Last updated on November 21st, 2020 at 08:02 pm
Good day, one and all—hope March has been good to you so far! I was pretty drained an hour or two ago, worrying that I wouldn’t have any idea of what I wanted to blog about. But after a quick cat nap on the couch and a sudden spark of inspiration, it all came to me! I’d promised to blog about some topics that were a little more practical, and what’s more practical than life skills??? Or, even more specifically—what’s more practical than life skills if we start with the basics?
Ah, yes, that’s right. It’s time to go back to school, folks. There’s a lot we all need to keep in mind when it comes to operating in the world around us, and as I go through life daily, I see people getting things wrong over and over and OVER again. So let’s start from the beginning. Let’s get some of those basic life skills figured out so that we can make life a little better, and if everything goes really well, we’ll be able to teach others through our behaviour! Sounds fun, right?
Today’s topic will be COMMON SENSE.
Common sense is most definitely the most inappropriate phrase that I know of. There might be others, but this is one that always sticks out in my mind. I’ve had friends stop by without a jacket on when it’s -20 C outside. I see people who walk into glass doors. (In fact, it’s happened to me, but that’s another story for another time.) Or here’s a good one—I once heard a story about a dude who was lying about the fact that he had a girlfriend, and when asked for photographic proof—he presented a picture… torn out of a magazine.
No, common sense isn’t common at all. It’s a skill that’ll help you through more and more life situations as you use it more often. But how do you hone common sense? Many have argued that common sense cannot be taught—you either have it or you don’t. But I’d like to think that we can at least start from somewhere, no? There’s got to be some way that we can make people more perceptive of the things that they do that are devoid of any common sense, but how? I mean, you could always call people out on it, but you’ll likely get called out in response as a jackass. (I’m speaking from experience, here.) So how do we do it without offending the perpetrators?
To be honest, I don’t have the slightest clue. It’s not quite something that keeps me up at night, but it’s a mystery that I’ve been trying to solve for years. In the meantime, let me drop some nuggets of knowledge on you so next time you find yourself in a situation—perhaps doing something reflexively or seeing someone else really struggling with something that should be straightforward—you might have some better insight on how to handle it.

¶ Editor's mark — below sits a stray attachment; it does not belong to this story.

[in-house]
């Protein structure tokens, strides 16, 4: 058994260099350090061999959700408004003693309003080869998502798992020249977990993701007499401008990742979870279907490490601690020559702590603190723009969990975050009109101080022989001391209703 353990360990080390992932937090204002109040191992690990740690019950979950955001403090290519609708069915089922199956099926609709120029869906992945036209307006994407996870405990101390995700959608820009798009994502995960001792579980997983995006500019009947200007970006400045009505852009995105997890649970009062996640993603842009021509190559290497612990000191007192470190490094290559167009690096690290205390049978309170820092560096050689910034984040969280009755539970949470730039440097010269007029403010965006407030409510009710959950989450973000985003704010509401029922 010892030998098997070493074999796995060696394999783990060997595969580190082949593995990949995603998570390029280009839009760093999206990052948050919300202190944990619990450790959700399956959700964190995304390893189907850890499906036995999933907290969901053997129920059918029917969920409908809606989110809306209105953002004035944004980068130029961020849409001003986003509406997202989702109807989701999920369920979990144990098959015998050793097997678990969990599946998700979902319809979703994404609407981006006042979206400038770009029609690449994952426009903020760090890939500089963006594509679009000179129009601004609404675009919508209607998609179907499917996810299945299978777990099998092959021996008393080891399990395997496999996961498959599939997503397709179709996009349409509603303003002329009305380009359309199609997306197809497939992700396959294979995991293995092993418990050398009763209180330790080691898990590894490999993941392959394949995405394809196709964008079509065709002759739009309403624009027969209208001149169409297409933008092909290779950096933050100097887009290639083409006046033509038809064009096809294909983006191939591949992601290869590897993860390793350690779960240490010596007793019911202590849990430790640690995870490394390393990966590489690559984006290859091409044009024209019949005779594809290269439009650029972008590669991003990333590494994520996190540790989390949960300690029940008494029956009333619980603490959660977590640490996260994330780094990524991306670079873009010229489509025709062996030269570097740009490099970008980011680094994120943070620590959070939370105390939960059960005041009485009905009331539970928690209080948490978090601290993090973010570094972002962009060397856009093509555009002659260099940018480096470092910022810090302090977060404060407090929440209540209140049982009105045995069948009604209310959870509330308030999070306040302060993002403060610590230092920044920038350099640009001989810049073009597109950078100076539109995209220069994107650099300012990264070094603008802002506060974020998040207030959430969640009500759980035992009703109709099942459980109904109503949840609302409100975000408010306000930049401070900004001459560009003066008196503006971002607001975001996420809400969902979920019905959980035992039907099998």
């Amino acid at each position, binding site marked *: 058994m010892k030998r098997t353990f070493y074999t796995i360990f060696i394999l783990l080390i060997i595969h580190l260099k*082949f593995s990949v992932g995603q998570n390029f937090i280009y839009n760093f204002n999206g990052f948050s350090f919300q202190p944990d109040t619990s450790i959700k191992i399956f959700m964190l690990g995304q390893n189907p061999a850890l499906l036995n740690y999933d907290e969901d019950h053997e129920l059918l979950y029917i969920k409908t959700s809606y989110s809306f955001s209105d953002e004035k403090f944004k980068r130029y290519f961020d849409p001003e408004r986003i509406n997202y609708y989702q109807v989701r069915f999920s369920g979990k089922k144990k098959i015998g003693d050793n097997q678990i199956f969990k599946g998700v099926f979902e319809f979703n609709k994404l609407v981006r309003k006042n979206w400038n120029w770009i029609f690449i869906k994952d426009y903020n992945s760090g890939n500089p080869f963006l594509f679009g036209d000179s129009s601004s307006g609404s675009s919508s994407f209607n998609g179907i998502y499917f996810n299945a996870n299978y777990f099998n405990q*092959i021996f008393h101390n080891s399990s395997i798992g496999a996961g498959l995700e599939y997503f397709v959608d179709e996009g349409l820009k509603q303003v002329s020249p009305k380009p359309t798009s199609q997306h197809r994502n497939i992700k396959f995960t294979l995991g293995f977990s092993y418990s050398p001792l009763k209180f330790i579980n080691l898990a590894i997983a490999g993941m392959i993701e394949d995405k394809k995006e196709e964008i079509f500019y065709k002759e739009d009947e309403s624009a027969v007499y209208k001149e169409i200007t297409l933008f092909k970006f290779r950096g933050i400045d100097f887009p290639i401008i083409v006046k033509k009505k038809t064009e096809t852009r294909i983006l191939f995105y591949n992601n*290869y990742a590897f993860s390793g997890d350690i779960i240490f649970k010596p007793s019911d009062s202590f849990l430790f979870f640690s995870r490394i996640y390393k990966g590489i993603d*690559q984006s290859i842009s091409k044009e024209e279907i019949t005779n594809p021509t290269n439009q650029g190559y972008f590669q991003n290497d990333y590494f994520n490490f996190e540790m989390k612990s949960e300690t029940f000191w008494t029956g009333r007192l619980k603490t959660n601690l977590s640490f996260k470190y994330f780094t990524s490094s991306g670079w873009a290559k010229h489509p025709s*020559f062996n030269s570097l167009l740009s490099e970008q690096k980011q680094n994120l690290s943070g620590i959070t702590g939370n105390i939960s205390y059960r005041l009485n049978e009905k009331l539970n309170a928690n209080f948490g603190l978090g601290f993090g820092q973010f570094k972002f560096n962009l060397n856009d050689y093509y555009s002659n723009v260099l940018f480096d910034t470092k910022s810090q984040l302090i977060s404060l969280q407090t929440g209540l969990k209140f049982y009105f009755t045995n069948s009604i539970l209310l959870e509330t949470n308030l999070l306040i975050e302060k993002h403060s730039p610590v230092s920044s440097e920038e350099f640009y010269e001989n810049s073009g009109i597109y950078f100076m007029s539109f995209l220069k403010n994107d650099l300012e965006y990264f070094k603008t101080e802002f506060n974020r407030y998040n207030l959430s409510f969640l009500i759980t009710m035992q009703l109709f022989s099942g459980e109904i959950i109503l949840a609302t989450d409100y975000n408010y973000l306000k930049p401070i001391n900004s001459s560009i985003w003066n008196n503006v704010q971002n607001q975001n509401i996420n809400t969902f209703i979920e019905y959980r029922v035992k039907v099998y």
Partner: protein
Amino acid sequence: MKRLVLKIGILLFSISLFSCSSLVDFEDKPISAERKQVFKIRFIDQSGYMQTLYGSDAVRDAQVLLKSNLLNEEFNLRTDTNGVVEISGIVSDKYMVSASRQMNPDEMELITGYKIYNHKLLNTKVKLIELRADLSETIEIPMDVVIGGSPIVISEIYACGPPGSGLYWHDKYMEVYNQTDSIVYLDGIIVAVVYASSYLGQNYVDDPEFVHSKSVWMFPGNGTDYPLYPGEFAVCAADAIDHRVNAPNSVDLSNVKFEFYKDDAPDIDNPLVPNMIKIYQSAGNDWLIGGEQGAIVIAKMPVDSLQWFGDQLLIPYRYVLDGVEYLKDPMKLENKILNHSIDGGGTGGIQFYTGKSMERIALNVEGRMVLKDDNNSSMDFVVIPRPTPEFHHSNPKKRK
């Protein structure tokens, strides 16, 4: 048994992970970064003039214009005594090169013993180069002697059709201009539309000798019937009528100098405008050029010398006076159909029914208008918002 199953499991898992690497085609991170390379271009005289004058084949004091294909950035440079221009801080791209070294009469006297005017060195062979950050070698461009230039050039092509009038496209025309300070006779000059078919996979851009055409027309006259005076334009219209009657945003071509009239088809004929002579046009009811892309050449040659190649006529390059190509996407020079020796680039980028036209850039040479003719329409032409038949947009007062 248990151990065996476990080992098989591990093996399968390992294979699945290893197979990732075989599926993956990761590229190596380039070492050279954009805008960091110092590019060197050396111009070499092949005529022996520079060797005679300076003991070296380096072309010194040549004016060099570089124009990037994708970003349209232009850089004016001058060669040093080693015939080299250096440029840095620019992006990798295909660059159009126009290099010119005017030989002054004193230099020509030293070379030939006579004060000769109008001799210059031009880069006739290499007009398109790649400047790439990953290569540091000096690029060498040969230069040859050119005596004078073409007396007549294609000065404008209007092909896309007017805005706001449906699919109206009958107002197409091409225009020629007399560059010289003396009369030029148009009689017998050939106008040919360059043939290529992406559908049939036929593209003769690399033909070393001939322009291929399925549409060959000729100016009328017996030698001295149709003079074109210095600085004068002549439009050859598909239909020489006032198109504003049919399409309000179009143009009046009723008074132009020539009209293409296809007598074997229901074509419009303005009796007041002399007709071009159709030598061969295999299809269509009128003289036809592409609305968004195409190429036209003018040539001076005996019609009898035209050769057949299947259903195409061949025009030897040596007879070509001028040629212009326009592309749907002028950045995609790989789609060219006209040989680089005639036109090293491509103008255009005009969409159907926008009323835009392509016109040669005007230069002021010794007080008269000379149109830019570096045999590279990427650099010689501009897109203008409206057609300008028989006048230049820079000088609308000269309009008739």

- Pressing a button that activates something a second time won’t make the thing happen any faster (e.g. crossing lights, elevators)
- If the door handle looks like it’s supposed to be pulled, then you’re probably supposed to pull it. Yes, there are doors that look like they’re supposed to be pulled but are really doors you push, but more often than not, door manufacturers are NOT trying to trick you.
- Make sure that your electronics are plugged in before berating them for “not working right”.
- You remember that button that they told you not to press or the thing you were told specifically not to do? Yeah, there was probably a reason for that.
- DON’T TALK BACK TO THE POLICE. I don’t care WHO the heck you think you are.
- Although they don’t articulate it well, your parents often DO know better than you. Mostly because they at one time probably did the same stupid crap that you’re about to try and pull.
- The Internet makes it harder to deny anything these days. JUST TELL THE TRUTH. It takes way less effort to remember the truth than it does to keep up a lie.
And of course:
- Remember that thing you did last time and you felt really crappy about it afterwards? JUST DON’T DO IT AGAIN. The heart wants what the heart wants, and sometimes you just can’t help yourself but come on. Don’t do it!
There. I think that’s a good start.
As for the title, this post came to me when I was washing my hands in the washroom at work and heard someone trying to get in, but was failing at entering correctly. (Note, I would have got it for him but I was preoccupied with maintaining the sanitary nature of my hands.) So a dude from an office down the hall came by and offered the entry code to the gent in peril. Et voila, the door opened! But…
THE DOOR HAD ALREADY BEEN OPEN A CRACK THE ENTIRE TIME.
It’s like trying to unlock an open door with a key. Oh, man.
So I guess the entire reason why I’m telling you all this is so you don’t end up like this guy:
Let’s make common sense a bit more common!
Good luck out there,